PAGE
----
Redevelopment districts in limbo | January 21, 2011 | Mountain View Voice | Mountain View Online |

Mountain View Voice

Opinion - January 21, 2011

Redevelopment districts in limbo

Although there is no certainty that Gov. Jerry Brown's plan to wipe out redevelopment agencies in the state will happen anytime soon, this is a good time for the city to seriously consider what it would be like if all property tax monies coming to its two districts were shared more equitably between the city, local schools and other special districts.

The governor's idea — to take dedicated funding away from special districts and return it to local governments and schools — is far from becoming law and is certain to be strongly opposed by cities and special districts from around the state. Mountain View could lose its downtown and Shoreline redevelopment agencies (RDAs), which have financed improvements worth millions of dollars on Castro Street and in the Shoreline area.

Brown's message said in part, "RDAs were not intended to become a permanent source of business subsidies" and that their original intent was to "relieve blight" in a "limited amount of time."

In Mountain View, the life of the downtown "Revitalization Authority" began in 1969. It was set to expire in April but the City Council said Tuesday that it now wants to extend it another two years as the city figures out other ways to pay for future needs like new parking, business recruitment and maintenance. Some also hope to spend $1.5 million to $2 million of the current $5.5 million balance to subsidize a downtown grocery store.

For the uninitiated, an RDA collects and keeps all the property taxes that are due in the district, but must spend all the proceeds to make improvements inside district boundaries. When a special district is created, no other districts, including schools, receive any funds from the district.

In Mountain View, for example, the downtown district collected and spent its taxes to improve the streetscape, help pay the city's economic development team and build parking structures. Without it, nearly $1 million would have gone to local schools and not been available for downtown improvements.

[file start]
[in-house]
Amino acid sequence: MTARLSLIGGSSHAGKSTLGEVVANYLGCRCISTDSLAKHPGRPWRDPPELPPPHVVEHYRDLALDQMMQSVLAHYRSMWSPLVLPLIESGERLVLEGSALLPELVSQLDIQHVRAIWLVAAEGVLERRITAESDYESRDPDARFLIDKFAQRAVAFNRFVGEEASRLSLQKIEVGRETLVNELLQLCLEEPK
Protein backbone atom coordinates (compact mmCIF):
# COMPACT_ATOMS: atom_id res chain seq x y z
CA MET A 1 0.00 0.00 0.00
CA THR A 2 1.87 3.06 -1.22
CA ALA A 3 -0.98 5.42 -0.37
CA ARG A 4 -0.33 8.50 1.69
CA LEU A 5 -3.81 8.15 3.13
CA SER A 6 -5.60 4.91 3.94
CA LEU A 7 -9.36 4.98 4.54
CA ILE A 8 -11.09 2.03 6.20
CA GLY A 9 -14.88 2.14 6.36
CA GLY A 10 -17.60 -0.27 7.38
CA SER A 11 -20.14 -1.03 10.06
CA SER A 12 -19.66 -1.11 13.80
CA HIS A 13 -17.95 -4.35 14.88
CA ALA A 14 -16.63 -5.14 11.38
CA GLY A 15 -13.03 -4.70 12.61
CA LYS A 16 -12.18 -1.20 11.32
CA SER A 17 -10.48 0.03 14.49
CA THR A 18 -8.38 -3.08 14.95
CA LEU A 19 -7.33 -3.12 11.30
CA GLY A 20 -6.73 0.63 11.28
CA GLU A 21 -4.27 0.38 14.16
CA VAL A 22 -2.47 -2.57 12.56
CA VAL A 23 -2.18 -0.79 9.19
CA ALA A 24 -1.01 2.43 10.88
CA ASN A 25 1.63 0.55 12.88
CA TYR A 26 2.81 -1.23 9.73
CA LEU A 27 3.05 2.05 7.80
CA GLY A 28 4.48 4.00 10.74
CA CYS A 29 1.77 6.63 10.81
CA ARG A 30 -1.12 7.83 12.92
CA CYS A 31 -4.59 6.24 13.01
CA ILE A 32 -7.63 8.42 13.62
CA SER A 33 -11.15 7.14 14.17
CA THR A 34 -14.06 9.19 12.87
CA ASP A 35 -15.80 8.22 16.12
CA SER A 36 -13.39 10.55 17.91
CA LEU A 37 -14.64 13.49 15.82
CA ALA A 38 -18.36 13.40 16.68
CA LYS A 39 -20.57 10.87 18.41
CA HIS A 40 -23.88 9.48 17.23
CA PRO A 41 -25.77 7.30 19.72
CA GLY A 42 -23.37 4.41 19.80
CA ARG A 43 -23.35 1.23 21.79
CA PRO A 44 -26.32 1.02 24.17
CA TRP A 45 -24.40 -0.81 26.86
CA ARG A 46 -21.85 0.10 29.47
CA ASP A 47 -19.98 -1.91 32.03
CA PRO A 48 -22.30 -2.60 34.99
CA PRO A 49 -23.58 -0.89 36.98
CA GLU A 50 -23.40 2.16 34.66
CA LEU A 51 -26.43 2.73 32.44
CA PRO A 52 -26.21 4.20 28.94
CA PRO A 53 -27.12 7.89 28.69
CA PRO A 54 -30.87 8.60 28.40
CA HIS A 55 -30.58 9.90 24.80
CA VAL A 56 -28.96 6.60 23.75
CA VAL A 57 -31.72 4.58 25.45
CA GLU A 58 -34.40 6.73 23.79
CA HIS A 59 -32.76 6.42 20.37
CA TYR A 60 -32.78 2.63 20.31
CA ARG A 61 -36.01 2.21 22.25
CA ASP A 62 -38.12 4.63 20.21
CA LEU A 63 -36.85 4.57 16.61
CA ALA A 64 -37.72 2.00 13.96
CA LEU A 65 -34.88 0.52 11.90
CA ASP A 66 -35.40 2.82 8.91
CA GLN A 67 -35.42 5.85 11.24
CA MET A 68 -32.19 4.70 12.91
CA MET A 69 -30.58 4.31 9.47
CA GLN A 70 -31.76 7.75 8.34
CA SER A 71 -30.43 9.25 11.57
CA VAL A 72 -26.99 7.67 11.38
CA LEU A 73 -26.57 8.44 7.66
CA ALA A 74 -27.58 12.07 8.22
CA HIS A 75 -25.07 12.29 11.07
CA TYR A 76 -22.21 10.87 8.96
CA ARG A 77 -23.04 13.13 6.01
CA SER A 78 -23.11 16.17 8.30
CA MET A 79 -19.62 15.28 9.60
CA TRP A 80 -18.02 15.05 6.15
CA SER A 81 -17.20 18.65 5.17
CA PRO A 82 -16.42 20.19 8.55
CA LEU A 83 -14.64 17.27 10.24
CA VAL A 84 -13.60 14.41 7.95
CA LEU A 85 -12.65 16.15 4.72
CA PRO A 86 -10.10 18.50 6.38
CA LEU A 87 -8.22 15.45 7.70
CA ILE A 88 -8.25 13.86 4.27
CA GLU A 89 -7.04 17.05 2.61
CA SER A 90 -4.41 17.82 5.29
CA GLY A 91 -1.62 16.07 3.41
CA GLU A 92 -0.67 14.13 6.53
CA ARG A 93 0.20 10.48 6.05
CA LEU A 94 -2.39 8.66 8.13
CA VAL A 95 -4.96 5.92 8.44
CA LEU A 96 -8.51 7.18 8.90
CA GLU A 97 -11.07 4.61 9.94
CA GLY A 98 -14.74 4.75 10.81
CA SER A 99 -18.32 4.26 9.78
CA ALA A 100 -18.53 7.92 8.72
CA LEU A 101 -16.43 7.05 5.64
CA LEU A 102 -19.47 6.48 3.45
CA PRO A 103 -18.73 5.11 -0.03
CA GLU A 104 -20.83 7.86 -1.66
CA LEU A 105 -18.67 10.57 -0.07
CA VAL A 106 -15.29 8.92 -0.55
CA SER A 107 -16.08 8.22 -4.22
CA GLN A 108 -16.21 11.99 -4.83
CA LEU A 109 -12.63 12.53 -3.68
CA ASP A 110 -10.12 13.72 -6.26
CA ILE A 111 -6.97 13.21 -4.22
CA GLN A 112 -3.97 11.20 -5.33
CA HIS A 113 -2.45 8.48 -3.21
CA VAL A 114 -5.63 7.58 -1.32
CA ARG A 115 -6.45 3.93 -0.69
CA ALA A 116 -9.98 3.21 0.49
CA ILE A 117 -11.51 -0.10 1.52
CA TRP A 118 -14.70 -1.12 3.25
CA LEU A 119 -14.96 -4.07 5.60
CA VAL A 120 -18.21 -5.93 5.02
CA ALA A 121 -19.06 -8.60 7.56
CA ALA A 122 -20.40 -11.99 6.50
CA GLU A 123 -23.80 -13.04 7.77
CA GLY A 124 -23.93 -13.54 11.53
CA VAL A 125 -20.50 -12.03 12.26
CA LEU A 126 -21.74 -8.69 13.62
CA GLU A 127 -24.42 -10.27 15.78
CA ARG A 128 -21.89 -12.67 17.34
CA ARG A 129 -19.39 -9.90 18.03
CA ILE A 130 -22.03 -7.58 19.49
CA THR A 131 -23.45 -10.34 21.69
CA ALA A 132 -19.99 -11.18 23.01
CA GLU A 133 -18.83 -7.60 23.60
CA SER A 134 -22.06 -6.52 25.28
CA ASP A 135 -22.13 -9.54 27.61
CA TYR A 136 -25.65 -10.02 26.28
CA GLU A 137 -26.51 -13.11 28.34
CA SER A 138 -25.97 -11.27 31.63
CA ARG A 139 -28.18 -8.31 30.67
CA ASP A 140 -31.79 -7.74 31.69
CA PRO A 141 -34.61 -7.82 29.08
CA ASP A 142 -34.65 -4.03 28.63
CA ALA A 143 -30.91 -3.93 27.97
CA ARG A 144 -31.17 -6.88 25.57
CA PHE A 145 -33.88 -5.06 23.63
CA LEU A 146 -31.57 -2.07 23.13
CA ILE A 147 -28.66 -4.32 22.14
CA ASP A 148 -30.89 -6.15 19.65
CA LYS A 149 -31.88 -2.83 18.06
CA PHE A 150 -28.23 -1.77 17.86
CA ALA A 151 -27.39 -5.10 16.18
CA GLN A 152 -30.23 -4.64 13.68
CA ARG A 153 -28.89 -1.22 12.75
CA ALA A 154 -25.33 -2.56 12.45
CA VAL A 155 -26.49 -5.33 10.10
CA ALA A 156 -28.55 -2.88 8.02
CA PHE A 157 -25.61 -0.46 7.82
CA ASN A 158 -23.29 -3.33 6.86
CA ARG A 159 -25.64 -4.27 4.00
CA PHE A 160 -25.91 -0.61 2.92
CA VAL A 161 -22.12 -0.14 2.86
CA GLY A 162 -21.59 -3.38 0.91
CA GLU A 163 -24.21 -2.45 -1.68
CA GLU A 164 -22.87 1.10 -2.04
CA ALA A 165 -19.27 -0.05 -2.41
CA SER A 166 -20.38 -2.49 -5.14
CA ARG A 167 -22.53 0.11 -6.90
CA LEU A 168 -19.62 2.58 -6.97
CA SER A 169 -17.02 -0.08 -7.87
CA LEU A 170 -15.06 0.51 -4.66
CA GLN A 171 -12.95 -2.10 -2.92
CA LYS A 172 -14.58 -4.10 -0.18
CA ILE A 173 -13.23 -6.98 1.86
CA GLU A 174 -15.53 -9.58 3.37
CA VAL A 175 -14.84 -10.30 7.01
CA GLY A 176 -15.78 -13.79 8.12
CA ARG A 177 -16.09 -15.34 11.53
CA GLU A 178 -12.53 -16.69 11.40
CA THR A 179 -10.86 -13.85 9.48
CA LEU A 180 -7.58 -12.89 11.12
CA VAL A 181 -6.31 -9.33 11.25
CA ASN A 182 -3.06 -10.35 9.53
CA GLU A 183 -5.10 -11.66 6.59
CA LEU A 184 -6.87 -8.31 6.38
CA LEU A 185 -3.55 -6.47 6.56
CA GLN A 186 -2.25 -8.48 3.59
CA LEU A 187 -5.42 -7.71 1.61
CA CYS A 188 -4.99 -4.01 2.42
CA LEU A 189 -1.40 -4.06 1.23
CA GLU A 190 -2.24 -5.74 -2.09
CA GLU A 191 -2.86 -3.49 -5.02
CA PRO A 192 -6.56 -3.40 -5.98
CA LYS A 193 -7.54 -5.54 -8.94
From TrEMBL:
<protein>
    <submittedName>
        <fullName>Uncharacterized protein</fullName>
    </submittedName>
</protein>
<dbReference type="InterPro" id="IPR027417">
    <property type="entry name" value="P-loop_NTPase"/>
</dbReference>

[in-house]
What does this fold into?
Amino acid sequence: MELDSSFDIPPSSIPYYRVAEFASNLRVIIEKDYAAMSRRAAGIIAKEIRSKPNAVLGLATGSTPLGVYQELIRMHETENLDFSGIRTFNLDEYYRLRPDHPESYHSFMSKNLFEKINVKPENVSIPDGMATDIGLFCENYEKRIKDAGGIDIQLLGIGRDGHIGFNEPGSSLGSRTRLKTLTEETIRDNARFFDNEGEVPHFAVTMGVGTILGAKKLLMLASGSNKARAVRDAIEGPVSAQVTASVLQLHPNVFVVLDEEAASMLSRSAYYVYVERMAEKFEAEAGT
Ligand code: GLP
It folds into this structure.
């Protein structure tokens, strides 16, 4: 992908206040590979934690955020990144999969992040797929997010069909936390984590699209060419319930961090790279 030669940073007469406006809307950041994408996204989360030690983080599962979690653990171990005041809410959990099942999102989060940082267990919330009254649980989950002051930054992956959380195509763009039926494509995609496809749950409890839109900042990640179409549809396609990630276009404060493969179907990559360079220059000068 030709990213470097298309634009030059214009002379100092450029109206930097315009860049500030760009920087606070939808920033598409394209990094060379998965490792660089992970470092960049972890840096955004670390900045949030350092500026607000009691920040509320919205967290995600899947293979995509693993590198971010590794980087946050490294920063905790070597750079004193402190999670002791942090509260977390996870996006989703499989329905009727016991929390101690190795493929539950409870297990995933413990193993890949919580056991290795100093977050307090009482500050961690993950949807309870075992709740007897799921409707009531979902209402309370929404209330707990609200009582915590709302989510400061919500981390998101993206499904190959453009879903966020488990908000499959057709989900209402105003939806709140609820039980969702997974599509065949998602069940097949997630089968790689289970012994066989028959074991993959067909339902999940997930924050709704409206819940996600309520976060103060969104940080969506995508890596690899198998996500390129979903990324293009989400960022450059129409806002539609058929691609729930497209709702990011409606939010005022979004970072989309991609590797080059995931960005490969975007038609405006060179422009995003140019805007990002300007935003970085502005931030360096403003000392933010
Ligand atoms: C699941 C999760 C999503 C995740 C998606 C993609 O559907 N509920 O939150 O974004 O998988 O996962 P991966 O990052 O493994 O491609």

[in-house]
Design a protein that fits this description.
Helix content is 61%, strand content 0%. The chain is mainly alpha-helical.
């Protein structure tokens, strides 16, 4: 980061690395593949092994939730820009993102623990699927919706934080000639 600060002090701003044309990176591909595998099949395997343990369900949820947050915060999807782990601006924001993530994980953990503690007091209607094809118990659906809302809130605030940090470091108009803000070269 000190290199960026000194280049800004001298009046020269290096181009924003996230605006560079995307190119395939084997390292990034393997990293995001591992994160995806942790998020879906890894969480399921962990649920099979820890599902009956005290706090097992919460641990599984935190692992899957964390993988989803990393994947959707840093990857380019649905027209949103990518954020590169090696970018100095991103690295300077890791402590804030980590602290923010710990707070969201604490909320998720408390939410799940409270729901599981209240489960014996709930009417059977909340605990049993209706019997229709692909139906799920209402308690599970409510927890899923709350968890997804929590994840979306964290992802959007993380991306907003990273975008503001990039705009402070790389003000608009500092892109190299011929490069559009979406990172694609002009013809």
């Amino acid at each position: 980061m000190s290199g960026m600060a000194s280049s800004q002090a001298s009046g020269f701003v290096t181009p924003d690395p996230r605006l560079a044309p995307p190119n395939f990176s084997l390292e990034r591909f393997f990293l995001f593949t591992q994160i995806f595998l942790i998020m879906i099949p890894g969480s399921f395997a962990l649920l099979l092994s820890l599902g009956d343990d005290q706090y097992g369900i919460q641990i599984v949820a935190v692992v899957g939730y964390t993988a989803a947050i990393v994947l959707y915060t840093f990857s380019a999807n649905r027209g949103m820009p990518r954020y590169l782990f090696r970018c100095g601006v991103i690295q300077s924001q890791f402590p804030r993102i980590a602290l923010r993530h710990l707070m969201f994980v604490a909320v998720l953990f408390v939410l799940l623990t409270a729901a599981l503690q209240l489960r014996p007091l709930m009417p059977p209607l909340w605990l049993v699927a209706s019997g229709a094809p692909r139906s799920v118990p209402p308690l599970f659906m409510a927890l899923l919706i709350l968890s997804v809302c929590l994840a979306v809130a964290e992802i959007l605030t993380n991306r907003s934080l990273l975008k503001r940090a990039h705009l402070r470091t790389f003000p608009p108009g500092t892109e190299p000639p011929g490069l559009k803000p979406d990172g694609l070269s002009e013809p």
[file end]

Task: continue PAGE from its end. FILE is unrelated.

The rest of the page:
The city's other single-purpose cash generator is the Shoreline Community District, which, unlike a typical RDA, is endowed with the power to collect taxes in perpetuity, unless the Legislature acts to end its run. This district generates millions of dollars a year that have been used to build the Shoreline area into a major economic engine for the city.

Last year, Mountain View Whisman Superintendent Craig Goldman created a stir when he pressed the city for a larger share of its Shoreline property taxes, which exceeds $25 million a year. So far, the city is continuing to share a small percentage of the Shoreline proceeds with the school district, but it is far less than the $5 million elementary and middle schools would otherwise receive. It seems unlikely that council members will volunteer to part with anywhere near that amount.

One only needs to look to Palo Alto to see that a city can function quite well without these special tax districts. And the improvements that could be afforded to schools could raise the city's property values as well. While we are thankful for the city improvements paid for by the Shoreline and downtown districts, it is time to explore other options, including Brown's proposal to allow economic development bonds to be approved by only 55 percent of voters, rather than a two-thirds majority now required.

As it becomes clear how little the city needs these special tax districts there will be increasing pressure to dedicate the money to schools. And while a few projects remain to be done for Shoreline, such as the continued expansion of the city's trail system, it seems only fair that local schools receive a fair share of the tax revenue that is generated by Google and other high-tech firms.

And with downtown now looking as nice as anyone could wish, it's hard to prioritize further improvements there over local schools which face millions in budget cuts.


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Posted by Sam Player
a resident of Gemello
on Jan 31, 2011 at 9:33 pm

Come to the City Council meeting on February 8th at 6:30 and show your support for changing the way these property taxes are distributed. This RDA was a great idea 42 years ago, but times change and the schools need these property taxes a lot more than the Shoreline RDA needs its current cash surplus that totals tens of millions of dollars. Visit Web Link to learn more and see how you can help.

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Posted by Steven Nelson
a resident of Cuesta Park
on Feb 3, 2011 at 1:09 am

The study session is now 5:00 to 6:30 PM. Please, if you support closing down Shoreline and/or at least assuring our elementary district its full $5.9 million in property taxes from that area - show up. Even just come to City Hall at five for a half hour!

Google profits are now over $5,400,000,000. There is really no moral justification for keep sing this company's property taxes from the schools. And certainly not from the elementary district.

Posted by Name hidden
a resident of Stierlin Estates

on May 28, 2017 at 11:50 am

Due to repeated violations of our Terms of Use, comments from this poster are automatically removed. Why?